||edHelper's suggested reading level:
||grades 7 to 10
||Flesch-Kincaid grade level:
||multi-level, taxonomists, taxonomy, well-structured, lowest, dissect, warm-blooded, diagram, painstaking, classification, reading, scheme, botanist, further, logical, bookstore
||Example Kingdom Kingdom Animalia, Phylum Chordata, Kingdom Animalia, Class Class Mammalia, Order Order Artiodactyla, Class Mammalia, Family Family Giraffidae, Order Artiodactyla, Genus Okapia, Genus Giraffa Species Species
Print Animal Classification
1 When we go to a bookstore, we see thousands of books neatly arranged. First, they are grouped by subjects. We see labels such as novels, memoirs, comics, and history. Within each of those groups, the books are shelved in alphabetical order of authors' last names. Since all the books are kept in a logical order, it is easy for us to find a book that interests us.
2 Just as with books, scientists use a similar approach to categorize all the animals that have ever lived on Earth. They look at each animal's anatomy and behaviors. Then scientists identify animals with similar traits and group them together. From there, scientists make further distinctions among animals of a given group. Larger groups are divided into many smaller groups. Scientists continue this process until they can dissect the group no more.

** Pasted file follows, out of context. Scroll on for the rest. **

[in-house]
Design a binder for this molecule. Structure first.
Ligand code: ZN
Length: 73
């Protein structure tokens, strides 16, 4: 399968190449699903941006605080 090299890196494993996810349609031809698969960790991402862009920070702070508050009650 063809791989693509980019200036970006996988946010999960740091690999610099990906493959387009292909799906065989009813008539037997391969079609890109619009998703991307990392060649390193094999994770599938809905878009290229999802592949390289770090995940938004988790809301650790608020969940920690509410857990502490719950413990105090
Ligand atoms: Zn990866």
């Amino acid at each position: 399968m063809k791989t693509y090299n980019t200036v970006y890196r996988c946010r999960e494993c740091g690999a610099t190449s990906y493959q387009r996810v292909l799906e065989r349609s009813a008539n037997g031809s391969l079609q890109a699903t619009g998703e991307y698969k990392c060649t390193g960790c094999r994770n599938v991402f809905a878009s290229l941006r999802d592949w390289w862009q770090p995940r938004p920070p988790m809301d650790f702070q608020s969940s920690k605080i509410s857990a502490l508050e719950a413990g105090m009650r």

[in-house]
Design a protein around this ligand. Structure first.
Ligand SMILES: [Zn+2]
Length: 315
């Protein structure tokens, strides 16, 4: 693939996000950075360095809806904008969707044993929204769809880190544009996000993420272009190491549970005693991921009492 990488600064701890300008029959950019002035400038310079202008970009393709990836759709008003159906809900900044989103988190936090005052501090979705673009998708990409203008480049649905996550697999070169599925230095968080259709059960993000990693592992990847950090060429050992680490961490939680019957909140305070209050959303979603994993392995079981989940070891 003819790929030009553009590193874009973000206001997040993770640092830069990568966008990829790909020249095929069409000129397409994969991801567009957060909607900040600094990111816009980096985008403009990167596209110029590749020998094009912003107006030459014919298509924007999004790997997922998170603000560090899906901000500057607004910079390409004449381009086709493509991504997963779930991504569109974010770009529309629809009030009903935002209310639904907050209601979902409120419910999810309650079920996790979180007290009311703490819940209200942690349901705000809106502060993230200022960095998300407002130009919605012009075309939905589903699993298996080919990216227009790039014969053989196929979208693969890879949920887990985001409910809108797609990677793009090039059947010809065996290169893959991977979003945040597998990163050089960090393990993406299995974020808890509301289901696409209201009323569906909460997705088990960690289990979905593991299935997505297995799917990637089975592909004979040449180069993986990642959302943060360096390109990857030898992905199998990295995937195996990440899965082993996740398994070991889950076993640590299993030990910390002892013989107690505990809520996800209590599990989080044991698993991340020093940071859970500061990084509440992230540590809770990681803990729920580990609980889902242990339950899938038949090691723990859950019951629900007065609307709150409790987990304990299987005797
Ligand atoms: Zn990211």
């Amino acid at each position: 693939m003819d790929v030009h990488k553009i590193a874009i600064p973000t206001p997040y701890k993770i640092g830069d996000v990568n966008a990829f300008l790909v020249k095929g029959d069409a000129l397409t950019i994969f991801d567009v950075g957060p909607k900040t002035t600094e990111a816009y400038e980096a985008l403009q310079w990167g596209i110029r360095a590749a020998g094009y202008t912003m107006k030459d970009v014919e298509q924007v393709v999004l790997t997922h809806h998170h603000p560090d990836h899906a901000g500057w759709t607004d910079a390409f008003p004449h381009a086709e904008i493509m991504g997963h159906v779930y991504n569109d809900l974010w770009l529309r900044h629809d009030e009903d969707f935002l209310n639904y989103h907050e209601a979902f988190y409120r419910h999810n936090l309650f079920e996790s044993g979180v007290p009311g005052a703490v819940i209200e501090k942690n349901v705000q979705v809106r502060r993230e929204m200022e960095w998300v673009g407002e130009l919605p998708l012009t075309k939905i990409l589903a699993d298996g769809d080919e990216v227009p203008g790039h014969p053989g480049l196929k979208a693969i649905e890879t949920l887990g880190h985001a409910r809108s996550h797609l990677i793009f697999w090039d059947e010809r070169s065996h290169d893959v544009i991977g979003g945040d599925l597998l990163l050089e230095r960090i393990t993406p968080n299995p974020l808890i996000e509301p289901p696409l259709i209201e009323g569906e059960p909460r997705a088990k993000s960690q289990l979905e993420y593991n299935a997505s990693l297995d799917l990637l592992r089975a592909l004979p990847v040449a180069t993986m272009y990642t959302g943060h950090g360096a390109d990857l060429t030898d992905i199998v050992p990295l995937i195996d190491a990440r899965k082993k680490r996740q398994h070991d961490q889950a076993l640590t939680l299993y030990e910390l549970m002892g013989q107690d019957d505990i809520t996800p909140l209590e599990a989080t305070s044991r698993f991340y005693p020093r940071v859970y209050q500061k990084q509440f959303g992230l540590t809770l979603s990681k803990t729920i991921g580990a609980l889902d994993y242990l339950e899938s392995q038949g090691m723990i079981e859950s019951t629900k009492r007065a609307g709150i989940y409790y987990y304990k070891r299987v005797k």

3 A diagram of this shows a multi-level classification system. The higher a level is in the animal classification scheme, the more animals it has. Let's look at the table below. Notice how many levels the animal classification system has. The table shows how scientists classify giraffes.
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For the complete story with questions: click here for printable
Weekly Reading Books
Feedback on Animal Classification
Animal and Biomes Basics Theme Unit
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